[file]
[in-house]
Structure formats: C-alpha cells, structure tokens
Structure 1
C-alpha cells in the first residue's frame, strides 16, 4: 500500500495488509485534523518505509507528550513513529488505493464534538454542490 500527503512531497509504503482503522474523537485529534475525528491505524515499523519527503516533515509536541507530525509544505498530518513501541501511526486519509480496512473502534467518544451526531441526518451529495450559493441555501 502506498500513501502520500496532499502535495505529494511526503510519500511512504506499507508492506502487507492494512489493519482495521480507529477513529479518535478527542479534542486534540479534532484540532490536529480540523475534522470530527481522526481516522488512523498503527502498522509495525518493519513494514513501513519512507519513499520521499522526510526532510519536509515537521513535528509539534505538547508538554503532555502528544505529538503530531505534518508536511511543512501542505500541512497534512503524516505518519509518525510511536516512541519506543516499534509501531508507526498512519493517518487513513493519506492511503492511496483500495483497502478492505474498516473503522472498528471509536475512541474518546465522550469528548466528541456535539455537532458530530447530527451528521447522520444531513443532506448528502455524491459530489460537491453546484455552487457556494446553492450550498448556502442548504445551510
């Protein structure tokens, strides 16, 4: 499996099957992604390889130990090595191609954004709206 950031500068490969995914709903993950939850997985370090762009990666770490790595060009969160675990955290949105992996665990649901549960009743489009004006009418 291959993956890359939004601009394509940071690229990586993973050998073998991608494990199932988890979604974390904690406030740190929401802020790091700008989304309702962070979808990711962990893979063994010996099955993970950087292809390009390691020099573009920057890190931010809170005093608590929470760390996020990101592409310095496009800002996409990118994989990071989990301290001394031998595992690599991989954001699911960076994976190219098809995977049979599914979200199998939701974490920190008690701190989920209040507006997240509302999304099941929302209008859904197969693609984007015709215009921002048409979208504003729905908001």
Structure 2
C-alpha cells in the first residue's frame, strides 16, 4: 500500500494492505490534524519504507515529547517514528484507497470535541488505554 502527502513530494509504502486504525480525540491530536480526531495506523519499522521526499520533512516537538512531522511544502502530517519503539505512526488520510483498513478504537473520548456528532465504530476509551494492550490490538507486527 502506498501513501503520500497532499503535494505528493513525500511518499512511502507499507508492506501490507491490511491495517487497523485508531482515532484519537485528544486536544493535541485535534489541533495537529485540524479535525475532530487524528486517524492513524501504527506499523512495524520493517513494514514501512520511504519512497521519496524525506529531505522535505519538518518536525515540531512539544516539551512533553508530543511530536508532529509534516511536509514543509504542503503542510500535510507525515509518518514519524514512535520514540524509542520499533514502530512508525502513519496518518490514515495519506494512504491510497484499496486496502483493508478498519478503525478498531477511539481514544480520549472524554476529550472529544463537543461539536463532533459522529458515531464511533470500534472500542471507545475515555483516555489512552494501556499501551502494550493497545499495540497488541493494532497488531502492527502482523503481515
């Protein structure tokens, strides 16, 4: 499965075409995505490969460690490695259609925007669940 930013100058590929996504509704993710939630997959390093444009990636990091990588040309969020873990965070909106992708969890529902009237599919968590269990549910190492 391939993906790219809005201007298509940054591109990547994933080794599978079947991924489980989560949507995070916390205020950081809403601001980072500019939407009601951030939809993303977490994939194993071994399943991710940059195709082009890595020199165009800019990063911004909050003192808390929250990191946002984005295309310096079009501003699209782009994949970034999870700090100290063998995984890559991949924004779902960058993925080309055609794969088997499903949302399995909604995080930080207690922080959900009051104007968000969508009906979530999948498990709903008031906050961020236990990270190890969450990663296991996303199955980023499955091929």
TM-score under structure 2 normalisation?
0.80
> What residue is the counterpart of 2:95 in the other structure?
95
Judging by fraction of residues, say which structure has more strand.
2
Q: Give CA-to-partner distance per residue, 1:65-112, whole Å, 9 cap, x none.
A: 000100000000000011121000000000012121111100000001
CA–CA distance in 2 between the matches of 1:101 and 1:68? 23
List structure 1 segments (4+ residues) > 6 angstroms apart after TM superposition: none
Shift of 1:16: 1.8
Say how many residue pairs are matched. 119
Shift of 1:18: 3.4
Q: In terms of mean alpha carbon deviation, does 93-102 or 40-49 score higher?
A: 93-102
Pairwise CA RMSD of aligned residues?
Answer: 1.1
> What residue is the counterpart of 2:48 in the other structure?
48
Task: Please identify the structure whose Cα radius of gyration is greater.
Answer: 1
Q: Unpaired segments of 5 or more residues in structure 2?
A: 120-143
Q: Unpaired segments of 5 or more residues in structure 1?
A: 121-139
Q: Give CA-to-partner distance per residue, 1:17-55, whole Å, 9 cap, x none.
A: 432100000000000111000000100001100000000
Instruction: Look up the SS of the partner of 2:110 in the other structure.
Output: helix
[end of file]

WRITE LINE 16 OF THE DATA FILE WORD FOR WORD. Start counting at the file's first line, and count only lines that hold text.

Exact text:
A: 000100000000000011121000000000012121111100000001